Jump to ContentJump to Main Navigation
A Handbook of Food CrimeImmoral and Illegal Practices in the Food Industry and What to Do About Them$
Users without a subscription are not able to see the full content.

Allison Gray and Ronald Hinch

Print publication date: 2018

Print ISBN-13: 9781447336013

Published to Policy Press Scholarship Online: January 2019

DOI: 10.1332/policypress/9781447336013.001.0001

Show Summary Details
Page of

PRINTED FROM POLICY PRESS SCHOLARSHIP ONLINE (www.policypress.universitypressscholarship.com). (c) Copyright Policy Press, 2020. All Rights Reserved. An individual user may print out a PDF of a single chapter of a monograph in PPSO for personal use.date: 31 March 2020

Consumer reactions to food safety scandals: A research model and moderating effects

Consumer reactions to food safety scandals: A research model and moderating effects

Chapter:
(p.385) 23 Consumer reactions to food safety scandals: A research model and moderating effects
Source:
A Handbook of Food Crime
Author(s):

Camilla Barbarossa

Publisher:
Policy Press
DOI:10.1332/policypress/9781447336013.003.0024

Food safety scandals are recurring events in the food industry worldwide. Consumers and companies are not immune to these incidents. However, there is a paucity of studies that examine consumer responses toward food companies involved in food safety scandals. This chapter attempts to address these issues. First, it provides theoretical bases for the psychological mechanisms through which consumers form judgments of blame toward food brands involved in food safety scandals. Second, it clarifies how attributions of blame negatively affect relevant consumer non-behavioural responses (emotions and attitude) and behavioural responses (purchase intention, word-of-mouth, and boycott) toward faulty food brands. Third, it provides a literature review of the most relevant consumer-related, brand-related, and context-related variables, which may influence the psychological mechanisms of blame attribution, and subsequent non-behavioural and behavioural responses, in the context of a food safety incident.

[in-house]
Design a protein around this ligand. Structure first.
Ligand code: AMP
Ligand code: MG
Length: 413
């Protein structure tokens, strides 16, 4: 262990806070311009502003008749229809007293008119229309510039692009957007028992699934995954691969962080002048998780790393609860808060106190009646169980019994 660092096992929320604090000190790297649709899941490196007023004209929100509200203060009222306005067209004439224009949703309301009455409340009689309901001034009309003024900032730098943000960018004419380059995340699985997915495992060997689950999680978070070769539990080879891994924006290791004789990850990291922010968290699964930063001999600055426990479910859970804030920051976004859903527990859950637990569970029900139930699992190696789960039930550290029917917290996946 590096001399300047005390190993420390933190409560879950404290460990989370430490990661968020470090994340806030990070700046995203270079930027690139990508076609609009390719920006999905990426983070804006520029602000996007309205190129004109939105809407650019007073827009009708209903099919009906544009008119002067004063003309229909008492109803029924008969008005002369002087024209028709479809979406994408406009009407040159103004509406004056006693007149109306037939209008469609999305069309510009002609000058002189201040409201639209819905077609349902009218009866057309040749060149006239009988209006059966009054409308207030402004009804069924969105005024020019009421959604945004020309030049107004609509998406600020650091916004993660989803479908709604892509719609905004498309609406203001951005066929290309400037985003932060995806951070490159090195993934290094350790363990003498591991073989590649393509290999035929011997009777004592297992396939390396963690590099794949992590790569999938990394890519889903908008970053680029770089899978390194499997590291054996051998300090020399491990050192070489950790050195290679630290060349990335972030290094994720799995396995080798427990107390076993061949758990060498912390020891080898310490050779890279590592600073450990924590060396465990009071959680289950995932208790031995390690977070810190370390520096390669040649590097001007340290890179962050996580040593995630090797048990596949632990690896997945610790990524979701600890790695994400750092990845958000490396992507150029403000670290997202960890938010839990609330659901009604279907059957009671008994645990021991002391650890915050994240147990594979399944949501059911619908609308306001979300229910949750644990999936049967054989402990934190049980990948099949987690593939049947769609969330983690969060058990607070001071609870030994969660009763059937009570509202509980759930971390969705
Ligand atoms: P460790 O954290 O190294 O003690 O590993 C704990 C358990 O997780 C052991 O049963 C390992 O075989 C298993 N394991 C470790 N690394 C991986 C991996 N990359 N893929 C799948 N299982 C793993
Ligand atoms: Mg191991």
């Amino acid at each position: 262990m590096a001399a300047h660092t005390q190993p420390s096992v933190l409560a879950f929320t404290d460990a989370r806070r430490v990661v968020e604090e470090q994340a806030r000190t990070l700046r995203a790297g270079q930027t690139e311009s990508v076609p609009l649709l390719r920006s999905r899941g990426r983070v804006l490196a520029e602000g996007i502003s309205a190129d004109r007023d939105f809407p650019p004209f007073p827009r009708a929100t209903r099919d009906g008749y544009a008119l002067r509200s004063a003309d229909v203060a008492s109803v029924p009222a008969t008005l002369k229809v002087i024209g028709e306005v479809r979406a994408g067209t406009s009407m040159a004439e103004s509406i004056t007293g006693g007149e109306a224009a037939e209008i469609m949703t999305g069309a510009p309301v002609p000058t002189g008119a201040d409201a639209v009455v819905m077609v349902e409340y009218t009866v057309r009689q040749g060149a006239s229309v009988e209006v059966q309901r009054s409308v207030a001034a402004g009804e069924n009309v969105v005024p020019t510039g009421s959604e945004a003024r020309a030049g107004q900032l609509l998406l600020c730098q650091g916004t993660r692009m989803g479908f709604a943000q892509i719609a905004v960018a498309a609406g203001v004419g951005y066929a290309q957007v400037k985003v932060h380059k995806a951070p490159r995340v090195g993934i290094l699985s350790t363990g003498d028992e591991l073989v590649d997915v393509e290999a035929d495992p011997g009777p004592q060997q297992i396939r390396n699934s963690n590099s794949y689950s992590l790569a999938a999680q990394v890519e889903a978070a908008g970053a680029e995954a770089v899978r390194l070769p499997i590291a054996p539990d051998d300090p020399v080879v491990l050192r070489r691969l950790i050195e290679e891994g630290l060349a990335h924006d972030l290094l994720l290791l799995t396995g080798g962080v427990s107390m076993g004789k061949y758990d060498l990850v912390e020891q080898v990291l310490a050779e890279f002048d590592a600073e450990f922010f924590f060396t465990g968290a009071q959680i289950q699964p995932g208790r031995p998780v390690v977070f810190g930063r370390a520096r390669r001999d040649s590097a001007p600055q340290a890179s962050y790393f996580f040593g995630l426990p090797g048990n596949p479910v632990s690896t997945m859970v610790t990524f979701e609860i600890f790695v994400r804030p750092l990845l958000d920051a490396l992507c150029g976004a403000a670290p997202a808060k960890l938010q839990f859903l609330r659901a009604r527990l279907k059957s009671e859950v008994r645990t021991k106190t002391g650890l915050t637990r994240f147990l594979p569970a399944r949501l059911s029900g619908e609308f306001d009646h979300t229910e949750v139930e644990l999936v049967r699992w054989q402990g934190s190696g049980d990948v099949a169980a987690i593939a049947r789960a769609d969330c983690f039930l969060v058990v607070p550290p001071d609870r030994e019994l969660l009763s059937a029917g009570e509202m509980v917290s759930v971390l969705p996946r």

Keywords:   food safety scandals, food-harm crises, attribution of blame, negative emotions, consumer punitive actions

Policy Press Scholarship Online requires a subscription or purchase to access the full text of books within the service. Public users can however freely search the site and view the abstracts and keywords for each book and chapter.

Please, subscribe or login to access full text content.

If you think you should have access to this title, please contact your librarian.

To troubleshoot, please check our FAQs, and if you can't find the answer there, please contact us.